ClayHound Web - Mogollon Pottery

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Gila Clif Dwellings, New Mexico


    Excellent information from the Logan Museum of Anthropology on line from Beloit, Wisconsin

All text and images are used courtesy of the Logan Museum of Anthropology, Beloit College
All objects illustrated are in the permanent collection of the Logan Museum.



Mogollon culture was fairly widespread and considerable variety exists within pottery. Archaeologists have categorized Mogollon pottery types into a number of wares, or groups of pottery types which share the majority of structural and decorative features. Within each ware, a historical sequence can be traced from the beginnings of Mogollon culture to the end. 

Mogollon Brown Ware
This utility ware is found throughout Mogollon territory. Mogollon Brown Ware is divided into several series, reflecting geographic variations. Even so, Mogollon Brown Ware is generally more homogeneous than Anasazi wares, with painted varieties being much closer to their utility ware counterparts.

Mimbres Series

The Mimbres represent a culturally distinct subgroup of the Mogollon. This series is treated in the Mimbres section of the site. 

Glenwood Series

The Glenwood Series includes some of the earliest of the Mogollon types. San Francisco Red was common throughout Mogollon history, while Mogollon Red-on-Brown and Three Circle Red-on-White were the earliest of the painted types.

Reserve Series

The Reserve Series includes the majority of Mogollon Brown Ware plainware types. The Alma, Reserve and Tularosa corrugated wares are often combined under the heading "Upper Gila ".

Rio Grande Series

Pottery made along the Rio Grande River basin fall into this series. Only one of our bowls derives from this area.

Cibola White Ware
Cibola White Wares are found in east-central Arizona and west-central New Mexico. The White Mountain Series is found in predominantly Mogollon territories.  The Cibola White Wares are perhaps the most difficult to properly identify because they are widespread and vary only subtly in painted decoration. Furthermore, the "Cibola" range covers both Anasazi and Mogollon areas, being found in eastern Arizona and western New Mexico. Series distinctions allow us to separate types which are primarily Mogollon from those which are Anasazi. The White Mountain Series is the primary Mogollon sequence, to which we add the Socorro Series. Within the White Mountain Series, distinctions rest almost exclusively on differences in painted decoration. At the Starkweather Ruin, from which most of our Cibola White Ware pottery derives, there is tremendous variety within vessels which have in the past been categorized as either "Reserve" or "Tularosa". For these two types, we have created "styles" rather than reclassifying the vessels to a different type altogether. For example, a vessel which shows characteristics of Puerco Black-on-white has been termed "Reserve Black-on-White, Puerco Style". Those examples which were not found at the Starkweather Ruin are categorized under the original types.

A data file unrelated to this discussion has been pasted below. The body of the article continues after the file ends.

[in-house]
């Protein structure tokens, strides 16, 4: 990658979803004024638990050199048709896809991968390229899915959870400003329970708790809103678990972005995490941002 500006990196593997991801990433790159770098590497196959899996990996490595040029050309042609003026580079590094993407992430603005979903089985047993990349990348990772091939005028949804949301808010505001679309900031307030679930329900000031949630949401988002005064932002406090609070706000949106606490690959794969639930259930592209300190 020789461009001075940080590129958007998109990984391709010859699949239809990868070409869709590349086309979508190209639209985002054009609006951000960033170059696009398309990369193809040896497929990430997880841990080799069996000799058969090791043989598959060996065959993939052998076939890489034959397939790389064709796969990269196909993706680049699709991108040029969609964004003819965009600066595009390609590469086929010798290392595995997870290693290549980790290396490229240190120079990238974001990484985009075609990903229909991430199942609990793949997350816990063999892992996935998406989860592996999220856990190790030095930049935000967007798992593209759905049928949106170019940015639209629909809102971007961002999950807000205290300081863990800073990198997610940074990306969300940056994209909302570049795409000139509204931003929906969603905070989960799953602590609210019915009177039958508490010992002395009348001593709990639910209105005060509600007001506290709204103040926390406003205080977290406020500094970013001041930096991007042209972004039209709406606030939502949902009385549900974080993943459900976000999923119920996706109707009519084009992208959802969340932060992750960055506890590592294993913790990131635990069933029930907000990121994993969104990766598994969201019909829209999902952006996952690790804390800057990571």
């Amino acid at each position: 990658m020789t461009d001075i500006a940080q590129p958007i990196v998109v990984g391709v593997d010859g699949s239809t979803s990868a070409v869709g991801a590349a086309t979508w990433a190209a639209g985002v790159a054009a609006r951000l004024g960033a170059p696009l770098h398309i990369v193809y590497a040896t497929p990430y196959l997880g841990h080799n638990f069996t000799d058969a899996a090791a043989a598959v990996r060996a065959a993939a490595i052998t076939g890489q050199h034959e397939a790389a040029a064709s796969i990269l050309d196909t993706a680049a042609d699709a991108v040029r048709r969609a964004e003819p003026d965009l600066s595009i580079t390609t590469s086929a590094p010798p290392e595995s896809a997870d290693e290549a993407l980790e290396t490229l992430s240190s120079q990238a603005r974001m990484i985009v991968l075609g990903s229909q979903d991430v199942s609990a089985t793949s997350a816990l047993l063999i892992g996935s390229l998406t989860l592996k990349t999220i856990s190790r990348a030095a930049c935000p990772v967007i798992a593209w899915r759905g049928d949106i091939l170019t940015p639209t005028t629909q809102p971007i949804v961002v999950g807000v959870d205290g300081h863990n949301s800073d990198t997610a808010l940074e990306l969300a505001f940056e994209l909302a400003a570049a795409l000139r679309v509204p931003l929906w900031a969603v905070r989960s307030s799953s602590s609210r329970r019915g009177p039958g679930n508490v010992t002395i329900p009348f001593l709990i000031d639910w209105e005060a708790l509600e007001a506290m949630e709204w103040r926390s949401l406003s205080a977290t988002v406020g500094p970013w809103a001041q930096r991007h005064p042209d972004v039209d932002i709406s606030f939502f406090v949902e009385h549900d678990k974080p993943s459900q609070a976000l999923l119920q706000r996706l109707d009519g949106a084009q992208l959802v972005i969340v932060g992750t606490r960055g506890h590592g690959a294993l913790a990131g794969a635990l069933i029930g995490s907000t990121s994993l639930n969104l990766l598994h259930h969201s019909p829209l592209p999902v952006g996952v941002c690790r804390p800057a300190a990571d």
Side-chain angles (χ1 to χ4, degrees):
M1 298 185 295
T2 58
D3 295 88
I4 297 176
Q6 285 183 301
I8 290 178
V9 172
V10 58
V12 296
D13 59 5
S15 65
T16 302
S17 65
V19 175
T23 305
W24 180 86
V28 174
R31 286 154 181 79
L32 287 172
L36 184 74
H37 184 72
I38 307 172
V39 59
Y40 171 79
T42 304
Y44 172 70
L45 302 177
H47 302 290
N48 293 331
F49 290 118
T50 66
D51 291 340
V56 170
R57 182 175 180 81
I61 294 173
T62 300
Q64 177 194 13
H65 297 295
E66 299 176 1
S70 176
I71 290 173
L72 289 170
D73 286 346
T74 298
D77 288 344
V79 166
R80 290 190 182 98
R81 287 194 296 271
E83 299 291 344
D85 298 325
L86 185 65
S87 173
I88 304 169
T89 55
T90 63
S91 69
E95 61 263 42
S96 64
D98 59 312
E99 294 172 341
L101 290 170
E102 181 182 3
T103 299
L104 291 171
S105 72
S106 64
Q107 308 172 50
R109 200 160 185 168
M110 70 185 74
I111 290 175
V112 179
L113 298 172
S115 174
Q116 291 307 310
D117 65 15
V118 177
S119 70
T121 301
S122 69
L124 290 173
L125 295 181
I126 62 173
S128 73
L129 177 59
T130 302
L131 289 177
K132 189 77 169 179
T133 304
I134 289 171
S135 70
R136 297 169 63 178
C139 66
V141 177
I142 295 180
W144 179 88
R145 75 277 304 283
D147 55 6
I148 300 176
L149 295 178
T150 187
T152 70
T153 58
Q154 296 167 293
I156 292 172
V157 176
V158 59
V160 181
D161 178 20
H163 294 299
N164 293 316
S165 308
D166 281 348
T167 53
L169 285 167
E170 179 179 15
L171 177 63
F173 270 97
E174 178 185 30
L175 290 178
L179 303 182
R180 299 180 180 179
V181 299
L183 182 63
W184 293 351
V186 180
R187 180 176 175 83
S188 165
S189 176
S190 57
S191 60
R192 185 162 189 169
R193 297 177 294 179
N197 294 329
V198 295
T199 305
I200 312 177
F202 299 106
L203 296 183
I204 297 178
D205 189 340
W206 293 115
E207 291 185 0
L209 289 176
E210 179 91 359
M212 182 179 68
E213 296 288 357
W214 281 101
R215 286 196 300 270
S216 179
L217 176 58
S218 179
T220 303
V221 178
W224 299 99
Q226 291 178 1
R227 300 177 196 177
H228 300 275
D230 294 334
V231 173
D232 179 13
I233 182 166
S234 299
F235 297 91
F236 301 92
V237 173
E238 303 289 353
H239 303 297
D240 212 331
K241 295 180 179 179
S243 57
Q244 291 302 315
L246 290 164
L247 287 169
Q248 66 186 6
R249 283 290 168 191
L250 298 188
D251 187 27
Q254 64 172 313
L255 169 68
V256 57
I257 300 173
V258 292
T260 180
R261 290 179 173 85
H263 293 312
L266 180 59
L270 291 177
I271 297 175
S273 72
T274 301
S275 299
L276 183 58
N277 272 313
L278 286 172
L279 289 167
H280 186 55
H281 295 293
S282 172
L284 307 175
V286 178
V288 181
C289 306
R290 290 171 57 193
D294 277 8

Material: The clay is white to dark gray 
Construction: Coiled-and-scraped
Paint: Mineral-based on white slip 
Firing: Reducing atmosphere
Forms: Bowls, jars, effigies, ladles, scoops, seed jars and canteens

White Mountain Series

Snowflake Black-on-White 1100 - 1250
Early Pueblo III

Designs on this Cibola White Ware type consist of rather busy patterns of interlocking solid elements and parallel lines that tend to meet at right angles.

Reserve Black-on-White 1030 - 1200
Late Pueblo II/Early Pueblo III

Several different painted styles exist within the Reserve distinction in the pottery from the Starkweather Ruin. these include the Red Mesa, Puerco, Escavada, Reserve, Wingate and Mimbres Styles.

Tularosa Black-on-White 1175 - 1300
Pueblo III

The Tularosa pottery from the Starkweather Ruin has been divided into three styles - Wingate, Snowflake and Tularosa - reflecting similarities in decoration with their source types.

Socorro Series

Socorro Black-on-White 950 - 1400
Early Pueblo II

Socorro Black-on-White is found between Albuquerque and Socorro, New Mexico, and was the predominant black-on-white type in that area for several centuries. 

White Mountain Red Ware
This ware is found in the east-central part of Arizona and west-central part of New Mexico.   The White Mountain Red Wares pose a problem similar to that of the Cibola White Wares. The range of this ware extends across both Anasazi and Mogollon areas, being found in eastern Arizona and western New Mexico. As with the Cibola White Wares, series distinctions allow us to separate types which are primarily Mogollon from those which are Anasazi, and again the White Mountain Series is the primary Mogollon sequence.

Material: The clay is white to gray, or yellow to orange 
Construction: Coiled-and-scraped
Paint: Mineral or organic-based, (glaze paints are late) on thick limonite or hematite slip. 
Firing: Oxidizing atmosphere
Forms: Bowls, jars, pitchers, dippers, canteens, effigies

White Mountain Series
Pinedale Polychrome 1275 - 1350
Late Pueblo III/Pueblo IV

The first glaze paints were used in this White Mountain Red Ware type, which have distinctive black interior designs and exterior motifs accented with white.

Cedar Creek Polychrome 1300 - 1375
Pueblo IV

This White Mountain Red Ware type has interlocking solid and hatched elements, one or both outlined in white.

Four Mile Polychrome 1325 - 1400
Pueblo IV

Interior patterns on this White Mountain Red Ware type are asymmetrical and outlined in white, while exteriors bands of regularized interlocking motifs.

Chihuahua Red Ware
This ware is found primarily in the northernmost parts of Mexico, but was traded into the southern parts of Arizona and New Mexico.